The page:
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A Cosmic-Ray Hunter Takes to the Sky
by Natalie Wolchover, Quanta Magazine
Angela Olinto's new balloon experiment takes her one step closer to the unknown source of the most energetic particles in the universe.

In April 25, at 10:50 a.m. local time, a white helium balloon ascended from Wanaka, New Zealand, and lifted Angela Olinto's hopes into the stratosphere. The football stadium-size NASA balloon, now floating 20 miles above the Earth, carries a one-ton detector that Olinto helped design and see off the ground. Every moonless night for the next few months, it will peer out at the dark curve of the Earth, hunting for the fluorescent streaks of mystery particles called ''ultrahigh-energy cosmic rays'' crashing into the sky.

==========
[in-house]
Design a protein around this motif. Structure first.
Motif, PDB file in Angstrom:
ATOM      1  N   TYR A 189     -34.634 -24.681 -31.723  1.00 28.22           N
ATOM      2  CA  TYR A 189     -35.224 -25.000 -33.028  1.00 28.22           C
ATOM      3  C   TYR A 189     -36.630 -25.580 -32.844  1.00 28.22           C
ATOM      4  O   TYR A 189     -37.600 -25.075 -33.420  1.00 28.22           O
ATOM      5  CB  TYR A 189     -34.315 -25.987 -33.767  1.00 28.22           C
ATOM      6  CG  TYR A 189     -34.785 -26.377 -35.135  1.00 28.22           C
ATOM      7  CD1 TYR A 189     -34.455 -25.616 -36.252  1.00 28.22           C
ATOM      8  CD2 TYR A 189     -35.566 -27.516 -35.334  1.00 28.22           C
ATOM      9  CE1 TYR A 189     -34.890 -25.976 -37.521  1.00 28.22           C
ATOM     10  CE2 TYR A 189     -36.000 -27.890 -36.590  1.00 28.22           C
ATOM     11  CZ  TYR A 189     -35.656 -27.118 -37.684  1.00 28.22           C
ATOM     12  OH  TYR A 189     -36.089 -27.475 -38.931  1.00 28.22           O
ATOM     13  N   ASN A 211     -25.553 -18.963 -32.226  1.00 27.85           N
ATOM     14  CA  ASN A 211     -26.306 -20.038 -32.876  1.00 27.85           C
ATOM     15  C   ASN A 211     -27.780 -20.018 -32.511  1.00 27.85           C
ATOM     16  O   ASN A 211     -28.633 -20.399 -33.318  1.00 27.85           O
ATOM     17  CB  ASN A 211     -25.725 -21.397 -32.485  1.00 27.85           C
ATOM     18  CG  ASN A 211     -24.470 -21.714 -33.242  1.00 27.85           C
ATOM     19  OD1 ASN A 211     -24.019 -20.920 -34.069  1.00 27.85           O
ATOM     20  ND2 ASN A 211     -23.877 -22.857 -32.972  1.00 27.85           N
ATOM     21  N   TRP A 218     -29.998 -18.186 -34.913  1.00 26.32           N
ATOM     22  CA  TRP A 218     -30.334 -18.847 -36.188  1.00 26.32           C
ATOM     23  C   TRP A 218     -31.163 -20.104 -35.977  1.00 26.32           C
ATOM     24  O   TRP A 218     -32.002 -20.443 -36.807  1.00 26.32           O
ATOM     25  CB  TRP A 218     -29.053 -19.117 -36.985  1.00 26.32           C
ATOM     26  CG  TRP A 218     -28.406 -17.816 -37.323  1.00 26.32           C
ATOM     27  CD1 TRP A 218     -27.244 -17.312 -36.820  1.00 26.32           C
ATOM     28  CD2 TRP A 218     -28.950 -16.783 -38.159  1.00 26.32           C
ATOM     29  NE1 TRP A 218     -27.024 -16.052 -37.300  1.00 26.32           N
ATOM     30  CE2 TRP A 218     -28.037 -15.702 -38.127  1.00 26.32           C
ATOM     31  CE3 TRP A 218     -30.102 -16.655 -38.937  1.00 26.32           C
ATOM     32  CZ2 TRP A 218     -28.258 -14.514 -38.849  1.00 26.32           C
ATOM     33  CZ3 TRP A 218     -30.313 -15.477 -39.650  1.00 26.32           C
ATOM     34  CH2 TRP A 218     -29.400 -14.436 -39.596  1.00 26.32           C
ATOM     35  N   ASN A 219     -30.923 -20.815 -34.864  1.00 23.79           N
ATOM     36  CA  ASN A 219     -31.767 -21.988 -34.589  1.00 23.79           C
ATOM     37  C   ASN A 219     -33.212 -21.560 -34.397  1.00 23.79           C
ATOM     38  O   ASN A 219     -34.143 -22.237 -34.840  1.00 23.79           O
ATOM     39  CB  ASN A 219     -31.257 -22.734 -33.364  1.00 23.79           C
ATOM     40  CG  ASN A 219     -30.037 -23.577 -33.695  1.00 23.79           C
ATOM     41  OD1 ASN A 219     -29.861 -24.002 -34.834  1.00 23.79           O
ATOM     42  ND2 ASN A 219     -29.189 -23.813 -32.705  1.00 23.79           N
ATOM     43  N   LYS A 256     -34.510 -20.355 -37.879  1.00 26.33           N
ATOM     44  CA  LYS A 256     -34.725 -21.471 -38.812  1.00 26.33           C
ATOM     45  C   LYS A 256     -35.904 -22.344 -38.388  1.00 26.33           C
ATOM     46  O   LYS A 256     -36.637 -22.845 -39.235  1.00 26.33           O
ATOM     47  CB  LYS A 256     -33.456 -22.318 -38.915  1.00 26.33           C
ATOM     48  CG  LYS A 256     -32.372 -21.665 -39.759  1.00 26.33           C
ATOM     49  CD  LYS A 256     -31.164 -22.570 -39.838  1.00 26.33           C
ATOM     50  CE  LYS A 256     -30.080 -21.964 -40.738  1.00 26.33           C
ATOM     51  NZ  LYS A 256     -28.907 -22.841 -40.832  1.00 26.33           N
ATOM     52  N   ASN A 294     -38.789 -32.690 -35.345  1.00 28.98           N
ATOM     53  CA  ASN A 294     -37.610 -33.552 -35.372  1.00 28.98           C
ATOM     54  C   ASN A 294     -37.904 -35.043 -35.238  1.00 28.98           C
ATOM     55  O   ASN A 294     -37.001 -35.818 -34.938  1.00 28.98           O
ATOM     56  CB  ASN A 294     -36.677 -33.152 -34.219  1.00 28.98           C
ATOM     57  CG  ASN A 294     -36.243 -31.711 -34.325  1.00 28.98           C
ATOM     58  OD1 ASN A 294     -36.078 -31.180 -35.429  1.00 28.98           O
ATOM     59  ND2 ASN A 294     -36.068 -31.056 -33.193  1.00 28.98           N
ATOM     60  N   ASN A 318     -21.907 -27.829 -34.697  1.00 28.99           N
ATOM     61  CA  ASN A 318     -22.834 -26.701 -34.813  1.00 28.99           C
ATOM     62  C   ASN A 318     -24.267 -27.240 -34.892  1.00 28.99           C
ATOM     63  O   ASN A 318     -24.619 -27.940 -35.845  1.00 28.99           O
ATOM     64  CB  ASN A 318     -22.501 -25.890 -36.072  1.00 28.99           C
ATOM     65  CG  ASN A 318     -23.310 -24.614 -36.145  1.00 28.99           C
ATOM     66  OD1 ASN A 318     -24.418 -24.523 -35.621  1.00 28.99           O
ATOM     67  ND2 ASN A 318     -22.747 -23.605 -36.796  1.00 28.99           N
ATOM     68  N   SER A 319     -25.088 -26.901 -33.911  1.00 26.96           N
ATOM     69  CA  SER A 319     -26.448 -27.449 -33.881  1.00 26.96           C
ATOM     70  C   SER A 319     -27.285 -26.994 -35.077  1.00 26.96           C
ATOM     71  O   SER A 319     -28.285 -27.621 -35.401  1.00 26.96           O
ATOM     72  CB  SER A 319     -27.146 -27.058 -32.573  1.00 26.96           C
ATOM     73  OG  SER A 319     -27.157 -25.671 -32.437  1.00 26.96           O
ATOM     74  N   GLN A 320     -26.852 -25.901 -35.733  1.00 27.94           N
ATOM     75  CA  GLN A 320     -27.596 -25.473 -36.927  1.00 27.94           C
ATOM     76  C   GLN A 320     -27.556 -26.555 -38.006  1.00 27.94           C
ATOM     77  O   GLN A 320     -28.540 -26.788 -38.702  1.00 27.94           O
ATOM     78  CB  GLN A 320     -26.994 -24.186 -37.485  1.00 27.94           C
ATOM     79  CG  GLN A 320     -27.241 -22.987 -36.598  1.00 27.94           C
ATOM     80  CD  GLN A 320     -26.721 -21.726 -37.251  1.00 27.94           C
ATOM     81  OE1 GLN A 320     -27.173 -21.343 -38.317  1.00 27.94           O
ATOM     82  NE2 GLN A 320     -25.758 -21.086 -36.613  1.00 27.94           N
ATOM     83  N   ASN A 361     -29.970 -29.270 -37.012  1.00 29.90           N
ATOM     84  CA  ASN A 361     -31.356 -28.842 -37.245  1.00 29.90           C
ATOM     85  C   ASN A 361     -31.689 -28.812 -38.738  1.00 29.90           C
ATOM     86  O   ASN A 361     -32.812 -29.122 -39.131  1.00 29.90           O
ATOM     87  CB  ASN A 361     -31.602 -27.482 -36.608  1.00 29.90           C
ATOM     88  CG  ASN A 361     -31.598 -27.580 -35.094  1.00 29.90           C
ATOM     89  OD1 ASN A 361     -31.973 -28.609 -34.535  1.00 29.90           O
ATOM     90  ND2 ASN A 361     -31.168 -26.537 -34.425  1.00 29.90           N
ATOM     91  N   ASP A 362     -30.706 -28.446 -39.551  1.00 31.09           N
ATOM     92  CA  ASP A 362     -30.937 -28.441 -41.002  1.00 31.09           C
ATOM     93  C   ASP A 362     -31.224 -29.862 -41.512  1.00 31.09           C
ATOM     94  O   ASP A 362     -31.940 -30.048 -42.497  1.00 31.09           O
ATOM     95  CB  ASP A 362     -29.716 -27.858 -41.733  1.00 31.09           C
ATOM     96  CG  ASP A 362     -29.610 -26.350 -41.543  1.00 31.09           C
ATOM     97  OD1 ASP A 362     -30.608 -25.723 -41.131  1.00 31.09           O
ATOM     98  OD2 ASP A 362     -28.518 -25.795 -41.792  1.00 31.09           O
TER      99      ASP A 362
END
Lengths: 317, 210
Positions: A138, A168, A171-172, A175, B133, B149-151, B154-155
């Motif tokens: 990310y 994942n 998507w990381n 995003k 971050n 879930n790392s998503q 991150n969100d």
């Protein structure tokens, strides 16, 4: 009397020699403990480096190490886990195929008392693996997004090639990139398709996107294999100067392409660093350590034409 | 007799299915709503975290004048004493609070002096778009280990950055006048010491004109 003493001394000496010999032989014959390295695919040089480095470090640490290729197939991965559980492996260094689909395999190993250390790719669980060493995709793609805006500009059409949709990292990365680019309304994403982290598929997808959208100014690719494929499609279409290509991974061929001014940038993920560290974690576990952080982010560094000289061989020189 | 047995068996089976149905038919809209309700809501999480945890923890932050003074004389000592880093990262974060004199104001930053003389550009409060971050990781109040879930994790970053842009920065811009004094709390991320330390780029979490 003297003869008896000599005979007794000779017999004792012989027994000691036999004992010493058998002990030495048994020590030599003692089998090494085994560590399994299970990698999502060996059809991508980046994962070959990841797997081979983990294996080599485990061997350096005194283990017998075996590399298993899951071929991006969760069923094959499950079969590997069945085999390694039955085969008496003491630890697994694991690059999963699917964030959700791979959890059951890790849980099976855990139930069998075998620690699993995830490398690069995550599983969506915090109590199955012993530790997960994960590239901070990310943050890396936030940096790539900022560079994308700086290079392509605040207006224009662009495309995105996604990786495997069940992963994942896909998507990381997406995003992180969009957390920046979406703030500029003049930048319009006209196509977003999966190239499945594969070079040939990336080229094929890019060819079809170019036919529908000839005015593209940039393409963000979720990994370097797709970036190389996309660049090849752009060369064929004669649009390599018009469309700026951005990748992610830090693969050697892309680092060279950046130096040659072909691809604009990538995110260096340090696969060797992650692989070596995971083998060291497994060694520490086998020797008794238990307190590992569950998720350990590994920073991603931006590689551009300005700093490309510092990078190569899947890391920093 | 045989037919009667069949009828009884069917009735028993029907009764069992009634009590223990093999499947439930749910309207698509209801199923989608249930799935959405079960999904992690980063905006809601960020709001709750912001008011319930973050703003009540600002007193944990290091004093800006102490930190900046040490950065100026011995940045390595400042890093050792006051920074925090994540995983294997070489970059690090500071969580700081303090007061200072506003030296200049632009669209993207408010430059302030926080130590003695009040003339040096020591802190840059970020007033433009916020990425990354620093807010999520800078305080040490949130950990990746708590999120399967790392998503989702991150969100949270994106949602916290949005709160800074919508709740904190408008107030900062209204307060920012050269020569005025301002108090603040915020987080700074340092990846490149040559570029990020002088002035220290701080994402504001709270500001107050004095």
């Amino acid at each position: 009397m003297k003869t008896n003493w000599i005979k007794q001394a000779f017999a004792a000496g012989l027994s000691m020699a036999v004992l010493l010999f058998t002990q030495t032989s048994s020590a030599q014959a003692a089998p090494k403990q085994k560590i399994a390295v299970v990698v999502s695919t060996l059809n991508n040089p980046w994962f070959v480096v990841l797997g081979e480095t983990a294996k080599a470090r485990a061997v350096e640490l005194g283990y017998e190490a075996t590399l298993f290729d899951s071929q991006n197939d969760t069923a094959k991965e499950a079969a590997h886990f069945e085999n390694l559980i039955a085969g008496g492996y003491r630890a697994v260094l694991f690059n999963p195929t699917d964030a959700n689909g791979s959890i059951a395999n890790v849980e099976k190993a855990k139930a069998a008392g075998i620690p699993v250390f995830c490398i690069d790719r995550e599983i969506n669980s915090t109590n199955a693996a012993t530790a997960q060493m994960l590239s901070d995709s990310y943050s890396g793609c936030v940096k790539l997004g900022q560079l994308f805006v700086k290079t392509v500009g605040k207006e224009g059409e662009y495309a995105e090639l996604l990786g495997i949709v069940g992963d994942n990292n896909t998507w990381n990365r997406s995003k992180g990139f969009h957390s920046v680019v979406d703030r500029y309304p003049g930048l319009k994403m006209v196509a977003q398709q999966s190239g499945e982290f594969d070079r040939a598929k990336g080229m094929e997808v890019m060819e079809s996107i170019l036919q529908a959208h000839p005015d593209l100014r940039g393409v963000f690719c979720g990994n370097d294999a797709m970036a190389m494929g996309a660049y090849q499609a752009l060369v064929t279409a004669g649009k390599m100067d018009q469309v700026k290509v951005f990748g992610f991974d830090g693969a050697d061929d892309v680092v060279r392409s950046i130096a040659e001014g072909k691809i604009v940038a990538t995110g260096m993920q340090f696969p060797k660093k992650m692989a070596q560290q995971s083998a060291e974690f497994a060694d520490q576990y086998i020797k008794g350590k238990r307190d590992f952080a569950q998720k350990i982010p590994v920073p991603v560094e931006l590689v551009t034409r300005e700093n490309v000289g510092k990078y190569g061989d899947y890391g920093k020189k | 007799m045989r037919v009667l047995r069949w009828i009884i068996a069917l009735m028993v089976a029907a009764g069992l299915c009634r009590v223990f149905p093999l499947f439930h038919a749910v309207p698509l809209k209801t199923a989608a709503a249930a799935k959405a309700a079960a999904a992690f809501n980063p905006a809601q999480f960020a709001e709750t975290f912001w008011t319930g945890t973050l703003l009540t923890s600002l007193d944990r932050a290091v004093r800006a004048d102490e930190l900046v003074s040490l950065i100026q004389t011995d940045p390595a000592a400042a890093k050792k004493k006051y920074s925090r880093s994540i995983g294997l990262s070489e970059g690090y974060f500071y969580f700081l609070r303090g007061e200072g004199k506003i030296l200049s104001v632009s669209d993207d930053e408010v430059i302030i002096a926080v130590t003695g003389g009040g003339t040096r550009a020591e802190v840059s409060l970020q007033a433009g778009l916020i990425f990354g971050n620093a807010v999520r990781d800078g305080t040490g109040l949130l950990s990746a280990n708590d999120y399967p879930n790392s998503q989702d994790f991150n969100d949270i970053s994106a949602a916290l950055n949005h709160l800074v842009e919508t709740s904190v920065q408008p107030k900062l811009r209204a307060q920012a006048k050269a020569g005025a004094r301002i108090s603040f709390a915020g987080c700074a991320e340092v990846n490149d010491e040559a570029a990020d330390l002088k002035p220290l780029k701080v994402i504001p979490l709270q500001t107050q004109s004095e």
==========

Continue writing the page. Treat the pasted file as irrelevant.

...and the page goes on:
EUSO-SPB missionThe EUSO-SPB instrument will be carried by a superpressure balloon designed and launched by NASA’s Columbia Scientific Balloon Facility.

EUSO-SPB emerged from the JEM-EUSO project and uses the same principle of harnessing the earth's atmosphere to detect ultra high-energy cosmic rays. EUSO-SPB will observe the nitrogen fluorescence and Cherenkov photons produced by extensive air showers.

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